SSRI antidepressants: Actions by the Therapeutic Goods Administration concerning use of antidepressants in children and adolescents

Related information

15 October 2004

All current Precaution statements in the Product Information for all the SSRI antidepressants were updated earlier in 2004 but are being reviewed again in the light of FDA analyses.

The sponsors of all other antidepressants including the tricyclic group of antidepressants which were not specifically reviewed by the FDA are being asked to add adequate precautionary statements.

The Consumer Medicine Information documents in Australia will be reviewed to ensure that they convey similar information to patients and carers as is expected to be found in the US Medication Guides.

ADRAC believes that there is a need for comprehensive expert clinical guidance for prescribers in addition to those actions that can be taken by the TGA as the medicines regulator. ADRAC has already requested the Royal Australian and New Zealand College of Psychiatrists and the Royal Australian College of Physicians to conjointly co-ordinate the drawing up of this guidance.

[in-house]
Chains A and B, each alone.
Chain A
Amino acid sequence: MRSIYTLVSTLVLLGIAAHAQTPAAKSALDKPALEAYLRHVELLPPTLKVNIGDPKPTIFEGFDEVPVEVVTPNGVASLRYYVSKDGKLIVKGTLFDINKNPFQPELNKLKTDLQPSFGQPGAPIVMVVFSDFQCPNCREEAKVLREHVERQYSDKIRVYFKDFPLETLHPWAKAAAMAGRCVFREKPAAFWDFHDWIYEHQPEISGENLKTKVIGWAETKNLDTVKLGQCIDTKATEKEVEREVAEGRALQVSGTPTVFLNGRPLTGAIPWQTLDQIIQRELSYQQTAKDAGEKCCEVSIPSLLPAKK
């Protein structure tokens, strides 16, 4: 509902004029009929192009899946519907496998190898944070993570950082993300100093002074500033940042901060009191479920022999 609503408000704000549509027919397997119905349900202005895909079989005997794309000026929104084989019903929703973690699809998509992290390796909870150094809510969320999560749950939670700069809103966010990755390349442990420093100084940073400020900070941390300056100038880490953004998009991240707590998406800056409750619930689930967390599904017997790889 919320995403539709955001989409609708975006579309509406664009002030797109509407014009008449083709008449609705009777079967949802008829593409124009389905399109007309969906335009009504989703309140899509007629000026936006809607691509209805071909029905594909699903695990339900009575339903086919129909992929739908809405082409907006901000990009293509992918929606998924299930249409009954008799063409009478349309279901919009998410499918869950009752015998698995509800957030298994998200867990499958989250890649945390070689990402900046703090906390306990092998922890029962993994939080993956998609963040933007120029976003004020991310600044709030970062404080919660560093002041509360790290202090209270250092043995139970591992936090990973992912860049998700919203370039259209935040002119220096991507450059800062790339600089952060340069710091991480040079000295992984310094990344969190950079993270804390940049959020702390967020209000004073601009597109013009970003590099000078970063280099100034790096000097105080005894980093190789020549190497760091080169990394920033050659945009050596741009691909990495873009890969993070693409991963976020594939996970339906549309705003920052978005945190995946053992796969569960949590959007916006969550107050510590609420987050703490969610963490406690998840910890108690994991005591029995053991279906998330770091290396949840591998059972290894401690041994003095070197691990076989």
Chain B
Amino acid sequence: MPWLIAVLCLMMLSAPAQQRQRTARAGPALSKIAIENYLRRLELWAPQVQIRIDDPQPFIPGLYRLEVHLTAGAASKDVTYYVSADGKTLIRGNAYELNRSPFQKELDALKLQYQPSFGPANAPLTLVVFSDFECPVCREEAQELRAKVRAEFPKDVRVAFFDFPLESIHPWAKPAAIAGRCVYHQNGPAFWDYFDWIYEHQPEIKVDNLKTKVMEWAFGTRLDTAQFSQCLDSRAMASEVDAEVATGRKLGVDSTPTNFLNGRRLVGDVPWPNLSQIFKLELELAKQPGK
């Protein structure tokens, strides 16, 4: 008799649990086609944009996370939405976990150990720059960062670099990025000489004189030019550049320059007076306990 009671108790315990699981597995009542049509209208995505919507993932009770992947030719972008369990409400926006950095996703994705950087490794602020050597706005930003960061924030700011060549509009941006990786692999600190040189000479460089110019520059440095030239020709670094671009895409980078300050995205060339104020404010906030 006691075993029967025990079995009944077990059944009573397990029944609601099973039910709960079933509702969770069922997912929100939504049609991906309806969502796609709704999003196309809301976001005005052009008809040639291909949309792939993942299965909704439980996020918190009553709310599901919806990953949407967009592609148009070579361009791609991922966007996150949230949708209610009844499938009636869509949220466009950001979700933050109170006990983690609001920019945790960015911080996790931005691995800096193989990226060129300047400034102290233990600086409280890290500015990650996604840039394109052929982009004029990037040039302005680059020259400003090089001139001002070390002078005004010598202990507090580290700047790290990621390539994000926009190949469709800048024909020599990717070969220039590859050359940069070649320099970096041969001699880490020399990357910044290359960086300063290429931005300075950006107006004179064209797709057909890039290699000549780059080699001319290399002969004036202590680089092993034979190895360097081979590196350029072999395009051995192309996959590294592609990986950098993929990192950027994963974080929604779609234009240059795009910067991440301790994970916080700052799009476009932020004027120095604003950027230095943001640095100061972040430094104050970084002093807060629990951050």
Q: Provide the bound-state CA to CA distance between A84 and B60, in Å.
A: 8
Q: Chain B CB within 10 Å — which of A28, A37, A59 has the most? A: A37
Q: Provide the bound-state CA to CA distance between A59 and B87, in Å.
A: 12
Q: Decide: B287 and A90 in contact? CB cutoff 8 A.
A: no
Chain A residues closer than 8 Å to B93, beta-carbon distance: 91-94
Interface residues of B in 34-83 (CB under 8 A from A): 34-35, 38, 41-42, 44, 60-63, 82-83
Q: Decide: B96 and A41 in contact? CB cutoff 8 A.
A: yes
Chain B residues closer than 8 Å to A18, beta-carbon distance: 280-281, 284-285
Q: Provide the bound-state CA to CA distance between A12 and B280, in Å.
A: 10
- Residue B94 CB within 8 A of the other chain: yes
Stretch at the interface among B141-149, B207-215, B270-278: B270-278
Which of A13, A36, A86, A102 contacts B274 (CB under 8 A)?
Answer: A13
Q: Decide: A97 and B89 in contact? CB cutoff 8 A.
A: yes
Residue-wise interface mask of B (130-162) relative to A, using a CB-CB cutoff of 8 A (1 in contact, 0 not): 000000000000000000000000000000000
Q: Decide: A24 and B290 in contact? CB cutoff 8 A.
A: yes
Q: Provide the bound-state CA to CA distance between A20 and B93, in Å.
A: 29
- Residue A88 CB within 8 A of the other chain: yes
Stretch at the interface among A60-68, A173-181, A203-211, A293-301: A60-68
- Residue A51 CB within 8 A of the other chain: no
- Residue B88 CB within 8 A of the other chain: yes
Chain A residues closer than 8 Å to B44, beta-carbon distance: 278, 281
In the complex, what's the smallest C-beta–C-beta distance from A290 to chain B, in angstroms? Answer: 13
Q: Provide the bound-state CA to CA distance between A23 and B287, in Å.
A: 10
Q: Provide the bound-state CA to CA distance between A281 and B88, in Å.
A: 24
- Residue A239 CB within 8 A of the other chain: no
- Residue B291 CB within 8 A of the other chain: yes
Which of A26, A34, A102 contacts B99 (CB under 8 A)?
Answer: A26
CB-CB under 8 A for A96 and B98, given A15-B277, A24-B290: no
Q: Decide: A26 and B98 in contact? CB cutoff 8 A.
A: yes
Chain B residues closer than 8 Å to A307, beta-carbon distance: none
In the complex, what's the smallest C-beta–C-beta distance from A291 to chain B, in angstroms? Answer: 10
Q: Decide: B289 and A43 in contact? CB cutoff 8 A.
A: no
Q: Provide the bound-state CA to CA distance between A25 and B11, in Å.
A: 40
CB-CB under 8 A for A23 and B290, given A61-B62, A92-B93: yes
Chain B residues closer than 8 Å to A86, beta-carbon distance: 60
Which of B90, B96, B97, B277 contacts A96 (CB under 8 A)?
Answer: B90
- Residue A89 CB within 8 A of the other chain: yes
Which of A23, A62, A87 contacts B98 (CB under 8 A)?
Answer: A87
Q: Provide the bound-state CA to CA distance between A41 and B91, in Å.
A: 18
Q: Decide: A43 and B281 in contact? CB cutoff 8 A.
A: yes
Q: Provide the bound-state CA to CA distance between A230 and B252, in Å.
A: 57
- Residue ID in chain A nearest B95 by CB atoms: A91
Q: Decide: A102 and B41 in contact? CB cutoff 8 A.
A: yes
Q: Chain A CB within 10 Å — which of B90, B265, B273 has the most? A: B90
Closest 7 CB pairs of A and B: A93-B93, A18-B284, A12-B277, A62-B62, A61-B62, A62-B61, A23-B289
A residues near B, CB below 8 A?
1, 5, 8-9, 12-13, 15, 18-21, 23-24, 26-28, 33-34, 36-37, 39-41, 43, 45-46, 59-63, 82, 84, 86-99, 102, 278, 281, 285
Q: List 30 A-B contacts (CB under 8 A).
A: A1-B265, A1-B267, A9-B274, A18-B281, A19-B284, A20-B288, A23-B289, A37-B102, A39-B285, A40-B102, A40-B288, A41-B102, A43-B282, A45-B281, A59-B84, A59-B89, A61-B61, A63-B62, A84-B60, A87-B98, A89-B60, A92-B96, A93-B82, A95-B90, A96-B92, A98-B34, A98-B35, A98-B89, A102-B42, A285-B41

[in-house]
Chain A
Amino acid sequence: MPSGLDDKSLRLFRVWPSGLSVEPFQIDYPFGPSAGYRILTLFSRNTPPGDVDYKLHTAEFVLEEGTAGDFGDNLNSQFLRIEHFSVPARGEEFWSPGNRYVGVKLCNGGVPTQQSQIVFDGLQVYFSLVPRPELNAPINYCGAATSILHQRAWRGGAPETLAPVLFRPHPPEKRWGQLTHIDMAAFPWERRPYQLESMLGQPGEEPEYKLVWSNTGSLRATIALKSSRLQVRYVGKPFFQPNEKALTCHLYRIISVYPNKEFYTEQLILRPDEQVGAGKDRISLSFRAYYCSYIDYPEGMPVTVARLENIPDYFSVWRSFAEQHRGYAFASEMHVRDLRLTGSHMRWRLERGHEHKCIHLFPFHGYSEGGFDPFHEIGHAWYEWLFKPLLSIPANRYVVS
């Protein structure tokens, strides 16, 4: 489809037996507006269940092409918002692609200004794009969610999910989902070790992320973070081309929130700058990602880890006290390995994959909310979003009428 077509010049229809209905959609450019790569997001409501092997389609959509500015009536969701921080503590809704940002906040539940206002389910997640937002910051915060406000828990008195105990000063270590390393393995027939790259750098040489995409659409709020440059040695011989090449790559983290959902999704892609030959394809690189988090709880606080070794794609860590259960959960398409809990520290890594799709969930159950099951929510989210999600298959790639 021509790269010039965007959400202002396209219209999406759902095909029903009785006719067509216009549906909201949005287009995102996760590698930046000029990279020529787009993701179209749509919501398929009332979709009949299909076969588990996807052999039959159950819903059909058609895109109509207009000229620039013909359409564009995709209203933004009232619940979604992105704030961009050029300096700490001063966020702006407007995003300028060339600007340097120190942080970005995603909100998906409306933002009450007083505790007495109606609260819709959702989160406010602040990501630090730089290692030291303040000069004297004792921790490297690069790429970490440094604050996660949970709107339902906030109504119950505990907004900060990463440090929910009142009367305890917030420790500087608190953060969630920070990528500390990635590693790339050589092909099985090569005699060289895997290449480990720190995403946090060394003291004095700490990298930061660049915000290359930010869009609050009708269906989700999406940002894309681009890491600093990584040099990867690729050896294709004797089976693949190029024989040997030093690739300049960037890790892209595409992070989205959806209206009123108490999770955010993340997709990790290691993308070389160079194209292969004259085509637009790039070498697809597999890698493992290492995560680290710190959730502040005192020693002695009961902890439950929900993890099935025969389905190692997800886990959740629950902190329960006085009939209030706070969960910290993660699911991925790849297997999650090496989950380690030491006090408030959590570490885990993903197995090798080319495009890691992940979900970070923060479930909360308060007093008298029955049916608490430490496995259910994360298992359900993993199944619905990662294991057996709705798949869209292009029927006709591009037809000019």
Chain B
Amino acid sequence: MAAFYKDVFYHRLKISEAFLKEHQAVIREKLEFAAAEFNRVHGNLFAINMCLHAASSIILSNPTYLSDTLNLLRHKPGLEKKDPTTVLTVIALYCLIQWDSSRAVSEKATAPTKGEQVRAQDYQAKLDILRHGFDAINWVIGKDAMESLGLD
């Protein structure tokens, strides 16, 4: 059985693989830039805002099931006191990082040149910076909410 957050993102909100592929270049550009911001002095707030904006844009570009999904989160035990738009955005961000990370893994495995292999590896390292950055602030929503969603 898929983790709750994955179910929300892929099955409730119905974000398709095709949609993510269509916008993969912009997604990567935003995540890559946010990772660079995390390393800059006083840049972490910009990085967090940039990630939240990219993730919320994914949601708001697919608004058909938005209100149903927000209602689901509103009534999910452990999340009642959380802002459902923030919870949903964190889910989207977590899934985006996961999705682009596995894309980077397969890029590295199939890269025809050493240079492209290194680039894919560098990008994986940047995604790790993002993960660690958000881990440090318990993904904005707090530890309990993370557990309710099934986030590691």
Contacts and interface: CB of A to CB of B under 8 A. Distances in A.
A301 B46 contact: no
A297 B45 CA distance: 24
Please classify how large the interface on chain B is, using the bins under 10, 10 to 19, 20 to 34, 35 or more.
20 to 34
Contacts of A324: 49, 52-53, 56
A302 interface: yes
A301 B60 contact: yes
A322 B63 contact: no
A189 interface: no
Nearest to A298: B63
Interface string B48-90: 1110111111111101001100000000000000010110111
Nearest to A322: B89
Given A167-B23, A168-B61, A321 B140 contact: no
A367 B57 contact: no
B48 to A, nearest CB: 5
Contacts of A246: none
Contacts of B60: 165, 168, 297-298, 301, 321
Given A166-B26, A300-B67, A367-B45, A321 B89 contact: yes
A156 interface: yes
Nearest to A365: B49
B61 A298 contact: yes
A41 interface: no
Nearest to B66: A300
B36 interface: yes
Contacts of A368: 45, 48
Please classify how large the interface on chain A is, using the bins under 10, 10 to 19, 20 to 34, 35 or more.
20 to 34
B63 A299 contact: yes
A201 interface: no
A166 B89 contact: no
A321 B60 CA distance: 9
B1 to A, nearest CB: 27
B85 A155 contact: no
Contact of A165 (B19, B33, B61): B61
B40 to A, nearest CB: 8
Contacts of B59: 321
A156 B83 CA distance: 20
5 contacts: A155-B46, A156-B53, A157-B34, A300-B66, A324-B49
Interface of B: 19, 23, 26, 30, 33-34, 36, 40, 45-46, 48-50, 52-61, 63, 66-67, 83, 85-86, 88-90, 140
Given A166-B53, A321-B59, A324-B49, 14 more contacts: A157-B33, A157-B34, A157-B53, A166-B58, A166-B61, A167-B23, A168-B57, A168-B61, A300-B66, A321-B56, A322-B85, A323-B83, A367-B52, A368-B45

ADRAC has recommended further educational initiatives for Australian prescribers be undertaken through the Australian Adverse Drug Reactions Bulletin and through the National Prescribing Service. The TGA agrees and will implement the recommendation.

A revised statement by ADRAC is being published on the TGA website on Friday, October 15.

Note: None of the SSRIs, and indeed no antidepressant, is currently approved in Australia for the treatment of MDD in children and adolescents (persons aged less than 18 years). Fluoxetine, but none of the other SSRIs, is approved in the US for MDD in young people without a specified lower age limit. Two of the SSRIs, fluvoxamine and sertraline, are approved in Australia for children and adolescents with obsessive compulsive disorder (OCD). The SSRI antidepressants included are citalopram, escitalopram, fluoxetine, fluvoxamine, paroxetine and sertraline, and the related medicine, venlafaxine.

John McEwen
Principal Medical Adviser
15 October 2004